Small, thin green asparagus (the ones that are about the length of a finger) are excellent when stir-fried. Add some sea salt and it's almost like having French fries.

White asparagus from a jar is really tasty, warm or cold. Wrap cold white asparagus in slices of ham to appeal to meat-eaters.

Something that might go along with your Christmas Eve meal is caponata, a Sicilian aubergine stew. It's delicious and easy to make.
posted by neushoorn at 6:52 AM on December 22, 2014

I love steamed broccoli with pasta with olive oil and parmesan. An easy, non-boat-rocking addition.
posted by hydropsyche at 6:58 AM on December 22, 2014

Pasta with parmesan and olive oil

Roasted root veggies are also a go-to for me at meals like this. Or, try a roasted spaghetti squash tossed with parmesan and garlic.
posted by anastasiav at 7:04 AM on December 22, 2014

I feel like everyone's got the Fancy Vegetables (asparagus, brussels sprouts, fennel, etc.) covered, so having one of the heartier dishes vegan-friendly would be nice.

Would your family be amenable to changing the mashed potatoes slightly? I am normally a "put all the butter and milk and sour cream you can find into the mashed potatoes" kind of person, BUT once I committed to making vegan mashed potatoes for a potluck. Cooks Illustrated has a recipe for olive oil garlic mashed potatoes that are totally vegan and out of this world good. Like, you would never believe there wasn't heaps of animal fat/dairy in there, but there isn't. I'm pretty sure this is the recipe (I used it from one of their books and don't have the online subscription so I can't read that page, alas.)
posted by misskaz at 7:11 AM on December 22, 2014 [2 favorites]

How about a simple butternut squash soup? The only ingredients in my butternut squash soup are the squash, a couple cloves of garlic, a sprinkling of sage, and water. Period. And it couldn't be easier - you peel the squash, seed it and cut it into chunks, and throw it in a pot with a couple cloves of garlic and ONLY just enough water to cover; then you bring to a boil and simmer until the squash is soft. Puree with a stick blender, add some chopped sage and bring back to a simmer and you're done. (I've also thickened it with a chunk of stale bread sometimes, but it's not essential.)

There's also hasselback potatoes (that recipe includes cheese, but that is NOT a requirement), and I've also seen that same kind of treatment applied to zucchini and other squash.

Finally, I found a recipe for a really refreshing and pretty fruit salad in a "Christmas cookbook" I got from an Irish friend - it's nothing more than pink grapefruit and pomegranate, with a little sugar (maybe) and a little mint. You need two grapefruit and pomegranate each; segment both grapefruit, and juice one of the pomegranates and cull all of the pips out of the second pomegranate. Combine all that in a bowl, taste and add any sugar if you think it needs it, and add a lacing of chopped mint if you want. Let that sit in the fridge for at least an hour to let the flavor meld.
posted by EmpressCallipygos at 8:01 AM on December 22, 2014 [2 favorites]

If you want something with protein, a pureed white bean soup could work well. I'd go for Italian seasonings in it for Eve and rosemary and thyme for Day.
posted by metasarah at 8:02 AM on December 22, 2014

Oh, these are all great. I'm best-answering the ones I'm most likely to make. Keep 'em coming!
posted by quadrilaterals at 8:21 AM on December 22, 2014

If you have not ever had Muhammara, make some immediately. It's a simple roasted red pepper and walnut dip that is mind blowingly good.
posted by bobdow at 9:12 AM on December 22, 2014 [2 favorites]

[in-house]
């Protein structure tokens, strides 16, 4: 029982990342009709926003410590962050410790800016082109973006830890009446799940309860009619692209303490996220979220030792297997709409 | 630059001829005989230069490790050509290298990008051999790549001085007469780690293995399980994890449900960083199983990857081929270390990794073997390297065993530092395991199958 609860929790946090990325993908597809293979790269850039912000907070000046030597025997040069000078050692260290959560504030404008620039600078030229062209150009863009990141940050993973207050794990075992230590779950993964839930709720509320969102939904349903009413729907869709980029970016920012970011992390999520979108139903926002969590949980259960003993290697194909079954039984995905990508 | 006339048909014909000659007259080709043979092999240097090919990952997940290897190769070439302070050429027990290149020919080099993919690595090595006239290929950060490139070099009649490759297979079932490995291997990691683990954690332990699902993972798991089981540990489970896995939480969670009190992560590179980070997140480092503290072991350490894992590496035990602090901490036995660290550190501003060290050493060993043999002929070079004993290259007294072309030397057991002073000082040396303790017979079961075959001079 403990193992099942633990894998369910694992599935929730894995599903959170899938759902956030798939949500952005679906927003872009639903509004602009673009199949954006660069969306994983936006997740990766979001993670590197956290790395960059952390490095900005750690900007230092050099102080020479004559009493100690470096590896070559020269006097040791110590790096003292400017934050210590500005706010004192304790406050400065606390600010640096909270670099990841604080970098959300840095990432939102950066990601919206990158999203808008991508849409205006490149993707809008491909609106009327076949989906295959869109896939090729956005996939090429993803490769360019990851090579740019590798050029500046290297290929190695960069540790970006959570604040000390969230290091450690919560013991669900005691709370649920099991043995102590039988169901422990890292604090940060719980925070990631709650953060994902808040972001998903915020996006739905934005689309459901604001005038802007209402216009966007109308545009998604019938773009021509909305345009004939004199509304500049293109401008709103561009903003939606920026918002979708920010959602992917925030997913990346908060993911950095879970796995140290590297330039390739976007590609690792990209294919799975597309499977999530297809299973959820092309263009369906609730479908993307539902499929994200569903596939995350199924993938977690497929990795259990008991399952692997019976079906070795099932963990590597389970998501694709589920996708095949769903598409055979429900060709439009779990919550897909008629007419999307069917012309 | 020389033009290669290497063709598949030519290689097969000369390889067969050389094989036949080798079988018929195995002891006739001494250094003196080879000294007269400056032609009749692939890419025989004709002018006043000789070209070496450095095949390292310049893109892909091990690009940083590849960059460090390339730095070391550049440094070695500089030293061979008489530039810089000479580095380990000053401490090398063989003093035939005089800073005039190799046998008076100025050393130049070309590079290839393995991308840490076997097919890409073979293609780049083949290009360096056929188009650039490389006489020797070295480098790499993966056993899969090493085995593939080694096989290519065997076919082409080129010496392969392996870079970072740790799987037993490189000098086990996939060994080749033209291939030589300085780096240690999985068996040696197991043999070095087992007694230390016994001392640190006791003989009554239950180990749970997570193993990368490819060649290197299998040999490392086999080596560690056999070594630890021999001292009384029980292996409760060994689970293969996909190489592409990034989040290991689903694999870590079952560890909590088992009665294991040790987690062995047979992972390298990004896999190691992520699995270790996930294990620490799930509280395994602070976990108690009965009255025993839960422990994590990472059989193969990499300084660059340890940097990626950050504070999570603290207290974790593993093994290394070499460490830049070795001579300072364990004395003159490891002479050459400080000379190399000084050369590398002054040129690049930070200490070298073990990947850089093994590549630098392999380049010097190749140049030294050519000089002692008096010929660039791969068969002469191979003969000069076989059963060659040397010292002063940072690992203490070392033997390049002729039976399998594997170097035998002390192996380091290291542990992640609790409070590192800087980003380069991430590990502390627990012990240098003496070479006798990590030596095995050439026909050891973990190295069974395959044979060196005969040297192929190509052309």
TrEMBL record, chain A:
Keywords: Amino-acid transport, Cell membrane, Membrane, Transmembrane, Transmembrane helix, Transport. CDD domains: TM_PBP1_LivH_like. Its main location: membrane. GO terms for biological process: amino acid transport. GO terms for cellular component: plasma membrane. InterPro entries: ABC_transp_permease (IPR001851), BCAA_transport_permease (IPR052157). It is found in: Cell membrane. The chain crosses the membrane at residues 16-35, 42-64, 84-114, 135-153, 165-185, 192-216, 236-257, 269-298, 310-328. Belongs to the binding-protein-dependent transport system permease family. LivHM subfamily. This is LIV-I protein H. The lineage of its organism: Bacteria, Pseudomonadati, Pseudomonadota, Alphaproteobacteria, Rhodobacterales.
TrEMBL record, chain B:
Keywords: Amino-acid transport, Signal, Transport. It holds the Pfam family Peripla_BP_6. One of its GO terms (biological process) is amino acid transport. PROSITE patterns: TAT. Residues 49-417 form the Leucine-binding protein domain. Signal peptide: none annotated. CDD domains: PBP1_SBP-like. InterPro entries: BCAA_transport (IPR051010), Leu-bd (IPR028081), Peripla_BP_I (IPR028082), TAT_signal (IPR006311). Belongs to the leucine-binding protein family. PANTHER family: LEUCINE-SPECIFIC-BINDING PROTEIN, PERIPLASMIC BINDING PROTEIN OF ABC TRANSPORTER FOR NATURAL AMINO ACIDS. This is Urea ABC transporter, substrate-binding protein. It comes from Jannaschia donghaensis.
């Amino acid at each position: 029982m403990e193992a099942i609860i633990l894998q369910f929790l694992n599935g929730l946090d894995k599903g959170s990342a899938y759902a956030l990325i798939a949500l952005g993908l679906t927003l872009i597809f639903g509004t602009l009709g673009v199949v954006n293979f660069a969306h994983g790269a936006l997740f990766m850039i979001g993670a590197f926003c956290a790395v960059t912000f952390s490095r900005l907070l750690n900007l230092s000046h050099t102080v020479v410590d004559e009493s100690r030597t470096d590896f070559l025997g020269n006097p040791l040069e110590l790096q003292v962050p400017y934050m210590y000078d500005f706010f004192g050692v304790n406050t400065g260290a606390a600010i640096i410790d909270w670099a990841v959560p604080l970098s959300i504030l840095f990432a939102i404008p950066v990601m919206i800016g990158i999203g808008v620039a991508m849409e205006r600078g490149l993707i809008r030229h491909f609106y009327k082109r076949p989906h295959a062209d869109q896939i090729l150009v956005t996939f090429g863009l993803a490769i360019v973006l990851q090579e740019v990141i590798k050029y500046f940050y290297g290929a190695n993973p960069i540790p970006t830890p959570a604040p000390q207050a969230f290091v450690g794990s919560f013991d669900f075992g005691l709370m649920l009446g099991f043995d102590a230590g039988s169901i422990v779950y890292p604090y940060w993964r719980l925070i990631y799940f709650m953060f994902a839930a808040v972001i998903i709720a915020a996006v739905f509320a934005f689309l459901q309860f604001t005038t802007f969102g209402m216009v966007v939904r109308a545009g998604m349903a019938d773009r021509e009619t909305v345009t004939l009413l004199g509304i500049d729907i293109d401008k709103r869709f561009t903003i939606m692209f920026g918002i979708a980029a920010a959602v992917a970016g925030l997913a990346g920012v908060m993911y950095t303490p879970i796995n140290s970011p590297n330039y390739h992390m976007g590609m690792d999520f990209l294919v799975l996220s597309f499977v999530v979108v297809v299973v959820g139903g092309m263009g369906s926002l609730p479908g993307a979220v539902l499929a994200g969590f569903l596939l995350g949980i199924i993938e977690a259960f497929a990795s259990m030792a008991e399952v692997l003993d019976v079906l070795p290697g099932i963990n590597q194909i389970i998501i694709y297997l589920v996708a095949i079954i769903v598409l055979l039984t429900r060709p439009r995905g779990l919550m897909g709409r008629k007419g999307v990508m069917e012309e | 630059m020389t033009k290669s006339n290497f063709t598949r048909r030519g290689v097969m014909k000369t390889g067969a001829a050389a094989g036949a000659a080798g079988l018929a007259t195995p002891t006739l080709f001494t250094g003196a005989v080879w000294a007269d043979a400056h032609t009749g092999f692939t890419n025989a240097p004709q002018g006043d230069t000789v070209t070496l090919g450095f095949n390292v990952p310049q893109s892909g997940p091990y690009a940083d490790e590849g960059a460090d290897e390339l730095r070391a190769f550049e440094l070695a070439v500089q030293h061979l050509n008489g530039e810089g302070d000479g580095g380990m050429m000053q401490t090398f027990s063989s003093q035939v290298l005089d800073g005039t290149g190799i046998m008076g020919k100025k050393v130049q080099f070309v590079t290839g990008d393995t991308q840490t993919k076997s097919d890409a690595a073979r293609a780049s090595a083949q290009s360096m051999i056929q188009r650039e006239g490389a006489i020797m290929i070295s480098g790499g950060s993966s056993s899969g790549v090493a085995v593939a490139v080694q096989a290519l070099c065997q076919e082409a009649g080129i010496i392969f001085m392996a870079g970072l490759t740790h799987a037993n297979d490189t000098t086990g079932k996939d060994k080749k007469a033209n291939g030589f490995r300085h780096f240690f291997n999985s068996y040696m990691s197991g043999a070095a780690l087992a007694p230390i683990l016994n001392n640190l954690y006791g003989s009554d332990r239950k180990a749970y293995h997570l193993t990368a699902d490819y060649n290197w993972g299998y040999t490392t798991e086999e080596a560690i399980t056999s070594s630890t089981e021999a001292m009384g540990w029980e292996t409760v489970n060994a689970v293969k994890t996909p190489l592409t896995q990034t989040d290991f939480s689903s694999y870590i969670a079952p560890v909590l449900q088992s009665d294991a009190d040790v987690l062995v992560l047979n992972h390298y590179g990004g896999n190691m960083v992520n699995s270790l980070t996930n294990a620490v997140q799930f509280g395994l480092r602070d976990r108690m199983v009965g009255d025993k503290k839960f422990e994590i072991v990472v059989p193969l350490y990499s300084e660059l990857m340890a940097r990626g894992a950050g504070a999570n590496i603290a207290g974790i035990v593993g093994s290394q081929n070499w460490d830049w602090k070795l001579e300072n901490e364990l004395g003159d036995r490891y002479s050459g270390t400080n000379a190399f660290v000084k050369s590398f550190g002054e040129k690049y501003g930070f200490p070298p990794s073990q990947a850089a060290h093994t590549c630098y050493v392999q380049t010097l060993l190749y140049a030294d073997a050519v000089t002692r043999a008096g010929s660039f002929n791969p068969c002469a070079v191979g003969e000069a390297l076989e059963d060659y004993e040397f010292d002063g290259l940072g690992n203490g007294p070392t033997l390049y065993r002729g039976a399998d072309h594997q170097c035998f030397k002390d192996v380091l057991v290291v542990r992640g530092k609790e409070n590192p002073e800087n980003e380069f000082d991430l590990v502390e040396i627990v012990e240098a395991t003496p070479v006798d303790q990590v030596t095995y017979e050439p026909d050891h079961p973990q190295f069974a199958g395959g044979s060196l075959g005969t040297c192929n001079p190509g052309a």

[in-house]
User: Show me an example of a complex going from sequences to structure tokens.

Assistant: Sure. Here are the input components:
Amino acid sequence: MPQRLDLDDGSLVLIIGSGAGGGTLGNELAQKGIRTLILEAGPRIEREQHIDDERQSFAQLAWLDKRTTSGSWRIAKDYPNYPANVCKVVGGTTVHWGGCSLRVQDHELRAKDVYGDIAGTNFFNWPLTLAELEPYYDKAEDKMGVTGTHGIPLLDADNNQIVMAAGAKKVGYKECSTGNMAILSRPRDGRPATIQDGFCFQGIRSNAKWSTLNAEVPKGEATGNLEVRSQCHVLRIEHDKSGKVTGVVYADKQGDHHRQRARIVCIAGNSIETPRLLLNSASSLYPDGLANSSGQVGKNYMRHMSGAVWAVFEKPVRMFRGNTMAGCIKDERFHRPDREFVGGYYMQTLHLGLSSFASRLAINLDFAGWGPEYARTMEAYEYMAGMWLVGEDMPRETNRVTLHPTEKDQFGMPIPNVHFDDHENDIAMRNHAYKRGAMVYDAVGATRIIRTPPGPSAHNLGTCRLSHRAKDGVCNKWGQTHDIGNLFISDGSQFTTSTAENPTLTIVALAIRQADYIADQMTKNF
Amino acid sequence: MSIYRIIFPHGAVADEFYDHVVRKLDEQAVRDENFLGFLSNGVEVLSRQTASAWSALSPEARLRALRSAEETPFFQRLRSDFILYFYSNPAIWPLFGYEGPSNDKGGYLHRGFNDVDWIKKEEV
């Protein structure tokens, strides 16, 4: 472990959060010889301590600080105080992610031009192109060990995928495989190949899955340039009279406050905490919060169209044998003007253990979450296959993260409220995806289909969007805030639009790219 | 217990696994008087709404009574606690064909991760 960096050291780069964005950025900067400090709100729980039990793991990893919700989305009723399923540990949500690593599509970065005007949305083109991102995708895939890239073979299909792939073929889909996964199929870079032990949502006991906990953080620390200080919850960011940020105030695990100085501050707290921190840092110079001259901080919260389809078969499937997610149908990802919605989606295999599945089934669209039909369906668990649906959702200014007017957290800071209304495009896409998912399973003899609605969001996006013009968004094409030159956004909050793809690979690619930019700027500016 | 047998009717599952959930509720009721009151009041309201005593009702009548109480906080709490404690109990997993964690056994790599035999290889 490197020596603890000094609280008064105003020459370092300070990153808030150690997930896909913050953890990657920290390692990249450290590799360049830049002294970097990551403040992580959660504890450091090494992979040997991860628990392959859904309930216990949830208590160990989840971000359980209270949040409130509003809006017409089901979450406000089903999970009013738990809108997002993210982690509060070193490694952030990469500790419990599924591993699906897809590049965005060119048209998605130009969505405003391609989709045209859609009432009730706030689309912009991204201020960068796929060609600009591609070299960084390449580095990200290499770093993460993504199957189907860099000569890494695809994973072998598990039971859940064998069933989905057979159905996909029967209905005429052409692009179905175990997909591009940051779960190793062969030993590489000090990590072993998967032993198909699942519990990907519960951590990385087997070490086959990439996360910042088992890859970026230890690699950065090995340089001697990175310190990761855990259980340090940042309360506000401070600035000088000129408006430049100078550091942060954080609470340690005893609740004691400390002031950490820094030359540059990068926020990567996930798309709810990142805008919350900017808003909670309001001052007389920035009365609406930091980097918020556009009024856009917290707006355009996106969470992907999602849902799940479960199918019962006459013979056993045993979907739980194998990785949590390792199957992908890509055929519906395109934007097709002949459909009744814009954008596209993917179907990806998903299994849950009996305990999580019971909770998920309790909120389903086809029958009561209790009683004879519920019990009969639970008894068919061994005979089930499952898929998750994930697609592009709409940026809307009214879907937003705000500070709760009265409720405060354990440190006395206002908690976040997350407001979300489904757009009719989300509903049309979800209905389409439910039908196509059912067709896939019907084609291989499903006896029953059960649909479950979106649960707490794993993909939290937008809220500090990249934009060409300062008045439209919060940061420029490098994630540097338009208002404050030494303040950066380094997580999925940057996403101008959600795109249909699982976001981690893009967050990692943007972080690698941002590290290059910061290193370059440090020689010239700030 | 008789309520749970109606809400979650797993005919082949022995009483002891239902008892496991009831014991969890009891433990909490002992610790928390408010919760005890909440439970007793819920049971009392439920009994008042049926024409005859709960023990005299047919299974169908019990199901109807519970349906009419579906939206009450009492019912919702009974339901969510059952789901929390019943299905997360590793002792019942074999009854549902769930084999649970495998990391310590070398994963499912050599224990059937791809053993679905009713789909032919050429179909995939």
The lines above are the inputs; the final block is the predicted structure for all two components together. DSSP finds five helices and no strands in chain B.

this sweet potato soup does not need the dairy at all; sub a carrot for the pear, and bung a stick of celery in there for the simmer (& remove it before blending) and it becomes much more savoury and satisfying and hearty.
Serve with the sesame-kale chips from this soup, which are a salty crispy, slightly oily delight. (The second soup might work too, but I haven't tried it personally yet).
posted by AFII at 9:42 AM on December 22, 2014

I've been making a massaged kale salad with dried cranberries and toasted sliced almonds that's super easy and very seasonal. It goes something like this...

2 bunches of kale, cleaned and torn into bite sized pieces
3 T olive oil
3 T lemon juice
1 t salt
1 t sugar
1 t garlic powder
Black pepper
.5 C dried cranberries
.5 C sliced almonds, toasted

1. Combine first seven ingredients in a large mixing bowl. Using clean hands, work the kale vigorously so it softens and wilts. Taste and adjust seasoning.
2. Add cranberries and almonds. Toss to distribute evenly.

The salad is very versatile. You can change the toppings to whatever is seasonal. I usually like to do 1 nut and 1 fruit or vegetable to keep it simple but still filling.
posted by slogger at 9:57 AM on December 22, 2014 [1 favorite]

I've never made, but this vegan wellington looks AMAZING. And it really fancy, special-occasion food.
posted by mercredi at 10:14 AM on December 22, 2014

Okay, same cookbook from whence I got the grapefruit and pomegranate salad: a carrot and parsnip soup. The original recipe called for butter as the cooking fat and chicken as the broth, but those can both be swapped out for vegan alternatives, I'm sure. You need:

A big onion
One big or two small potatoes
Two parsnips
Three or four carrots
About three or four cups of vegetable broth
Salt and pepper

Chop the onion, and peel and chop the other vegetables. Heat up a couple tablespoons of oil in a pan, and add the onion and potato. Cover and let that cook for a few minutes. Add the carrots and parsnips and cover and let that cook for a few minutes more. Then pour in the broth, bring to a boil, and then let simmer until the vegetables are all soft. Puree with a stick blender or a blender and reheat. Done. (The cookbook also suggested adding a dash of sherry or some cream at this point, but I just made this and it's fine without either.)
posted by EmpressCallipygos at 10:54 AM on December 22, 2014

A salad of shaved fennel (root not seeds) with orange (blood orange for drama) and fresh toasted walnuts pairs excellently with seafood.

Another way to sneak veg in on Christmas day is to make Colcannon mash instead of mashed potatoes. Basically adding cabbage or kale and a little butter to the mashed potatoes.
posted by BrotherCaine at 11:10 AM on December 22, 2014 [1 favorite]